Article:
A 41 years old man presented with low urinary tract symptoms lasting for 8 months and progressing steadily. Percutaneous cystostomy catheter was inserted to the patient who could not be catheterized via transurethral route. His laboratory investigations were as follows: hepatic function tests and alkali phosphatase normal; urea: 51 mg/dL; creatinine: 1.48 mg/dL; complete urinary analysis: plenty of erythrocytes and 3 - 4 leukocytes per field; no growth in the urine culture. PSA was measured as 0.7 ng/mL. The prostate was palpated as diffusely hard in the digital rectal examination. The patient underwent palliative transurethral prostatic resection. On the endoscopic view, the crista urethralis, verru montanum and prostatic urethra had irregular anatomy and the prostatic urethra appeared to be obliterated due to presence of tumor. Macroscopically, 25 cc of tissue was resected. Pathologic examination revealed high-grade spindle cell sarcoma of the prostate and widespread mitosis and necrosis in 8 of 10 magnification fields (Fig. 1, 2). In immunohistochemical examination presence of actin, vimentin, desmin, CD34, S100 and PR was examined. Diagnosis of spindle cell leiomyosarcoma was made (Fig. 3). PET/BT scanning revealed widespread lung metastases. Adjuvant chemotherapy was scheduled.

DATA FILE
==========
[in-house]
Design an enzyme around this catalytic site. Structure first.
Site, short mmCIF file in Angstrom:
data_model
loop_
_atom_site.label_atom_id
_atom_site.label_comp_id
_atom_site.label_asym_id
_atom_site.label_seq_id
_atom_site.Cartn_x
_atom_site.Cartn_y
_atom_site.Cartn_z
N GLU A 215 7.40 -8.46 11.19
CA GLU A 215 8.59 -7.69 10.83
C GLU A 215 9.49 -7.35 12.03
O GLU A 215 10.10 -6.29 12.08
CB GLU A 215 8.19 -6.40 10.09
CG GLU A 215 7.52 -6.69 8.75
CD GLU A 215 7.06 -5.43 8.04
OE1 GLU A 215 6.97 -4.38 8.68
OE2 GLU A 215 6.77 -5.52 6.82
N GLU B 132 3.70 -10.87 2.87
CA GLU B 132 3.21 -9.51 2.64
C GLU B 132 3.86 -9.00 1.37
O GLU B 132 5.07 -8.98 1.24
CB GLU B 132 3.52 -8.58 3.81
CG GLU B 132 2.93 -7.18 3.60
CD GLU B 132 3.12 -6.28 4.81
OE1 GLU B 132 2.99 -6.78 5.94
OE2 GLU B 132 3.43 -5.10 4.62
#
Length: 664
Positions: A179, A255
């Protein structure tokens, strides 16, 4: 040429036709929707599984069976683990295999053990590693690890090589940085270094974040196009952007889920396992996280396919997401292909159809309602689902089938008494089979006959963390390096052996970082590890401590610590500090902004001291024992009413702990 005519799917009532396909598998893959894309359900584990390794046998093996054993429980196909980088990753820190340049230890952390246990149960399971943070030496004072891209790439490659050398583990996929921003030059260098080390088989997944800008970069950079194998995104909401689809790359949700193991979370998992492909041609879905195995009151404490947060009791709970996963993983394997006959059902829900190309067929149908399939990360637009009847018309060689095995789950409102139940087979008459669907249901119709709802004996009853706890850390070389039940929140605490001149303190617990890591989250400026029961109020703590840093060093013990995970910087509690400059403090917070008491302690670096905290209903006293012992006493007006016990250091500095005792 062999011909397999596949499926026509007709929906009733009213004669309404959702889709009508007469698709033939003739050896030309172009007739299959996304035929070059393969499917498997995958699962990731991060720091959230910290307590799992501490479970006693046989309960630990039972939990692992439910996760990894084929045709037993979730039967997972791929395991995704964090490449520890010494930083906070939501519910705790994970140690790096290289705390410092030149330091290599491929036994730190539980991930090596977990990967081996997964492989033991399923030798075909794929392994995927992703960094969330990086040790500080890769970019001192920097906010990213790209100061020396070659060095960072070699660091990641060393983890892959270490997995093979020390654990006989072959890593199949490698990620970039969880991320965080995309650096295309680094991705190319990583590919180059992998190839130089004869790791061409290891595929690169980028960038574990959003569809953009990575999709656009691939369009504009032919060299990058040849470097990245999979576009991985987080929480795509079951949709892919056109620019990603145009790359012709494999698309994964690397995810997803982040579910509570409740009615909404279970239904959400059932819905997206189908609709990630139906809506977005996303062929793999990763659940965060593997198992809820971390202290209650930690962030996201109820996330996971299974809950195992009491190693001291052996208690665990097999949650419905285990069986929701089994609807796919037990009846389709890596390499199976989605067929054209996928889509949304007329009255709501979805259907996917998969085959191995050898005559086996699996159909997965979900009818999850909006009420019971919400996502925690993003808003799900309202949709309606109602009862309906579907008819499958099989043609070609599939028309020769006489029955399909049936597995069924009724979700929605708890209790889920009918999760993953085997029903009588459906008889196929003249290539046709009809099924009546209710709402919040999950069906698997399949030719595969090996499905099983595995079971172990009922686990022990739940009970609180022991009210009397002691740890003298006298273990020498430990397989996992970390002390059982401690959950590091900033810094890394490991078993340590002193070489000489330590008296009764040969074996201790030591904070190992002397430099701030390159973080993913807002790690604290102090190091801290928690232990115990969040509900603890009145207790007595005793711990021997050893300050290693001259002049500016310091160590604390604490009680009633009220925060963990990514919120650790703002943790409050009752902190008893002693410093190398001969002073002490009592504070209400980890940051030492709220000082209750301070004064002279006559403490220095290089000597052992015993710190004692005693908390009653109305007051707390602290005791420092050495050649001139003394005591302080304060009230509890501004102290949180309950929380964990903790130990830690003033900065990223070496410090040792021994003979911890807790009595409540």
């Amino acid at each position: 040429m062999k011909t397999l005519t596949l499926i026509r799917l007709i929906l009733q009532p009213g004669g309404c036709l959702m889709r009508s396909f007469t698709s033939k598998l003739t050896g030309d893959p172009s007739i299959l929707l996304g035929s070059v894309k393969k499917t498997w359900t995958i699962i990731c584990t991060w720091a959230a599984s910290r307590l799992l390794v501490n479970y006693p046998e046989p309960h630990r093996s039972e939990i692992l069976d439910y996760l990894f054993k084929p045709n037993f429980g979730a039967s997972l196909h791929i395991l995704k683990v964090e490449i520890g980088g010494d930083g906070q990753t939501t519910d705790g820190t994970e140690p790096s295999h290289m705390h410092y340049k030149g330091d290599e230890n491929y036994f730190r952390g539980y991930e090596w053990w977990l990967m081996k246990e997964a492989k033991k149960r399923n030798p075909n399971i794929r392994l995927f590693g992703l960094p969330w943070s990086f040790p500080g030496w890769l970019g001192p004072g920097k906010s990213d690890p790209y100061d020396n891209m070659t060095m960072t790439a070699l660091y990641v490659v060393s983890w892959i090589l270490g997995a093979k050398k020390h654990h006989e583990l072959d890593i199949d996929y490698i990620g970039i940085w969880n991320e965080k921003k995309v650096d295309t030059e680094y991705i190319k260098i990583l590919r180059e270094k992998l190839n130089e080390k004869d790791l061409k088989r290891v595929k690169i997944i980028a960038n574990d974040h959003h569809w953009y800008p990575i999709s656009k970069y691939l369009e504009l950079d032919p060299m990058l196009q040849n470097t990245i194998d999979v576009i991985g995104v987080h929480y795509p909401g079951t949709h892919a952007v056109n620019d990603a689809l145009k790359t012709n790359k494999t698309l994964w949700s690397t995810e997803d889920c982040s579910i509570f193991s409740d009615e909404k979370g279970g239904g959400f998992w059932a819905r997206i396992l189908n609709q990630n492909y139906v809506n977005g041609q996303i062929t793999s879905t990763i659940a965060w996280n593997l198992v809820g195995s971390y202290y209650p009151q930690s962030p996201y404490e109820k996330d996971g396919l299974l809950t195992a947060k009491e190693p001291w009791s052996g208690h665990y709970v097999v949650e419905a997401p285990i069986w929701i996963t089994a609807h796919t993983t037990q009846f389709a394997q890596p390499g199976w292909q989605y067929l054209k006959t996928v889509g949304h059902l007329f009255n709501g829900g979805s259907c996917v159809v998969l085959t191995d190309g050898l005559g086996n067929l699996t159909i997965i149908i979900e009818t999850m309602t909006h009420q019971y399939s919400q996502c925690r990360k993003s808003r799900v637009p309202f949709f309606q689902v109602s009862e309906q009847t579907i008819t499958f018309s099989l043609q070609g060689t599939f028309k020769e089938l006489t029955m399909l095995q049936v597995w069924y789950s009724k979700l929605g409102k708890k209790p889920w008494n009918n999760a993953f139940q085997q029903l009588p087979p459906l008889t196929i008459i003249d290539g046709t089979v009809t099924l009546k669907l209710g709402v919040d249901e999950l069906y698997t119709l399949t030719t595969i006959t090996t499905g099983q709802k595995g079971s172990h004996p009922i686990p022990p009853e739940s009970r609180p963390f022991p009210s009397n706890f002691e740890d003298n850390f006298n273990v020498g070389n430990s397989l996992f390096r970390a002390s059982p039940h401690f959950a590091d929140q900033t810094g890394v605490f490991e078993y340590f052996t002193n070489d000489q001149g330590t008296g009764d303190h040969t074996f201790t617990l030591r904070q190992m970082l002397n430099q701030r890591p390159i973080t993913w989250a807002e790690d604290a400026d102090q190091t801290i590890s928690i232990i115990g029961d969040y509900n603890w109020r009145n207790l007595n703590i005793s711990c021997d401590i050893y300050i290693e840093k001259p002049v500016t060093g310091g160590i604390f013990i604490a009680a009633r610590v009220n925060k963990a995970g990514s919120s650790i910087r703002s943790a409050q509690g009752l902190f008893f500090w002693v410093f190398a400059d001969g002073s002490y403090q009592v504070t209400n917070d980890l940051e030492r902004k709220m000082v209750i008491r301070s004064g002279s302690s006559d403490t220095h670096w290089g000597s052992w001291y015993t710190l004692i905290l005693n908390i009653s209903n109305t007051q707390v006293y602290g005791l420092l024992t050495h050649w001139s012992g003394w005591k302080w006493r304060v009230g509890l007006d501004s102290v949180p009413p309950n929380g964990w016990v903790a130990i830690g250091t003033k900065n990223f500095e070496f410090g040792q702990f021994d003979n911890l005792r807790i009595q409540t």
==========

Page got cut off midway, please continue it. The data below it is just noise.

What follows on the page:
Figure 1.
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Figure 1. H&E, × 40 (arrow: corpora amilacea).

Figure 2.
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Figure 2. H&E, × 100.

Figure 3.
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Figure 3. Actin, × 40.

Spindle cell lesions of the prostate are included in a broad spectrum covering both benignant and malignant processes. In the differential diagnosis, one should consider many benignant and malignant tumors such as some leiomyomas and leiomyosarcomas, rhabdomyosarcoma, inflammatory myofibroblastic tumor, solitary fibrous tumors and phylloides tumor [7]. Spindle cell sarcoma of the prostate is one of the rare, insidiously progressing, aggressive variant tumors with high potential to make metastasis. More than half of the patients diagnosed as having these tumors consist of the cases diagnosed as having prostatic adenocarcinoma and showing sarcomatoid differentiation as a consequence of the treatments. This differentiation occurs over a long time period ranging from 6 months to 16 years. In the literature, average time of differentiation is 7 years [8].